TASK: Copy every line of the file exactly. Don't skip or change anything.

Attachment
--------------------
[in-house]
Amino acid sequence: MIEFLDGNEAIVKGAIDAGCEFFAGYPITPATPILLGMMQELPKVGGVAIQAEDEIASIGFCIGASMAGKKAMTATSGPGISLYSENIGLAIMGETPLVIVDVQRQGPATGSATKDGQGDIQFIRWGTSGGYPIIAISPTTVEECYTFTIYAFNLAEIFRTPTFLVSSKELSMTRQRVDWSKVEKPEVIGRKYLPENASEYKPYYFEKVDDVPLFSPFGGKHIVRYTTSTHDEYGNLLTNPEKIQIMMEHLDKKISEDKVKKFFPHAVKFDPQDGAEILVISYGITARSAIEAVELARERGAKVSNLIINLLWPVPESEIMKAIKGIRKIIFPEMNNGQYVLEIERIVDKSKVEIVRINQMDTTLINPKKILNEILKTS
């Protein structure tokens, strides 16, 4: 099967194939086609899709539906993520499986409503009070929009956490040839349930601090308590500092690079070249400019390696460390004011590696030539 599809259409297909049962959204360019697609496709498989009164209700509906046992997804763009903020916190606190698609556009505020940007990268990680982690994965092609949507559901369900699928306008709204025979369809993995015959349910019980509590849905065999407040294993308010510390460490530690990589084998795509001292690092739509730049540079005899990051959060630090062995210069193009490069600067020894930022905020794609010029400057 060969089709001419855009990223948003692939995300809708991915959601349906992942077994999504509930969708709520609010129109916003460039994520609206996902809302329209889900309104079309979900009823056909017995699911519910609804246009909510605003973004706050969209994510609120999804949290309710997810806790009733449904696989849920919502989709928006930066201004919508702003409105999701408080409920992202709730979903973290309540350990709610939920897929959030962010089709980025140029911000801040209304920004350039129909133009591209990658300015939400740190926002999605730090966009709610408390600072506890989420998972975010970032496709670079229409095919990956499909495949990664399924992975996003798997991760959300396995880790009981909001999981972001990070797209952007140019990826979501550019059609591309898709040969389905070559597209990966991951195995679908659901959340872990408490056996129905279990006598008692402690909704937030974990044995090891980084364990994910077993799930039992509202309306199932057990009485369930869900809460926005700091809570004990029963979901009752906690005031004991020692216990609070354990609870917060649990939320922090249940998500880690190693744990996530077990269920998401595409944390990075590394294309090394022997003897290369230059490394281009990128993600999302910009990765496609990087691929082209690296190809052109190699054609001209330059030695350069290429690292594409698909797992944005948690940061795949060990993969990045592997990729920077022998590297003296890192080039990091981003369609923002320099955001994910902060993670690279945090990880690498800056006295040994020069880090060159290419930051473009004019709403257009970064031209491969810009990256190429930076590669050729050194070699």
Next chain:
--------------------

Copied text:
[in-house]
Amino acid sequence: MIEFLDGNEAIVKGAIDAGCEFFAGYPITPATPILLGMMQELPKVGGVAIQAEDEIASIGFCIGASMAGKKAMTATSGPGISLYSENIGLAIMGETPLVIVDVQRQGPATGSATKDGQGDIQFIRWGTSGGYPIIAISPTTVEECYTFTIYAFNLAEIFRTPTFLVSSKELSMTRQRVDWSKVEKPEVIGRKYLPENASEYKPYYFEKVDDVPLFSPFGGKHIVRYTTSTHDEYGNLLTNPEKIQIMMEHLDKKISEDKVKKFFPHAVKFDPQDGAEILVISYGITARSAIEAVELARERGAKVSNLIINLLWPVPESEIMKAIKGIRKIIFPEMNNGQYVLEIERIVDKSKVEIVRINQMDTTLINPKKILNEILKTS
């Protein structure tokens, strides 16, 4: 099967194939086609899709539906993520499986409503009070929009956490040839349930601090308590500092690079070249400019390696460390004011590696030539 599809259409297909049962959204360019697609496709498989009164209700509906046992997804763009903020916190606190698609556009505020940007990268990680982690994965092609949507559901369900699928306008709204025979369809993995015959349910019980509590849905065999407040294993308010510390460490530690990589084998795509001292690092739509730049540079005899990051959060630090062995210069193009490069600067020894930022905020794609010029400057 060969089709001419855009990223948003692939995300809708991915959601349906992942077994999504509930969708709520609010129109916003460039994520609206996902809302329209889900309104079309979900009823056909017995699911519910609804246009909510605003973004706050969209994510609120999804949290309710997810806790009733449904696989849920919502989709928006930066201004919508702003409105999701408080409920992202709730979903973290309540350990709610939920897929959030962010089709980025140029911000801040209304920004350039129909133009591209990658300015939400740190926002999605730090966009709610408390600072506890989420998972975010970032496709670079229409095919990956499909495949990664399924992975996003798997991760959300396995880790009981909001999981972001990070797209952007140019990826979501550019059609591309898709040969389905070559597209990966991951195995679908659901959340872990408490056996129905279990006598008692402690909704937030974990044995090891980084364990994910077993799930039992509202309306199932057990009485369930869900809460926005700091809570004990029963979901009752906690005031004991020692216990609070354990609870917060649990939320922090249940998500880690190693744990996530077990269920998401595409944390990075590394294309090394022997003897290369230059490394281009990128993600999302910009990765496609990087691929082209690296190809052109190699054609001209330059030695350069290429690292594409698909797992944005948690940061795949060990993969990045592997990729920077022998590297003296890192080039990091981003369609923002320099955001994910902060993670690279945090990880690498800056006295040994020069880090060159290419930051473009004019709403257009970064031209491969810009990256190429930076590669050729050194070699």
Next chain: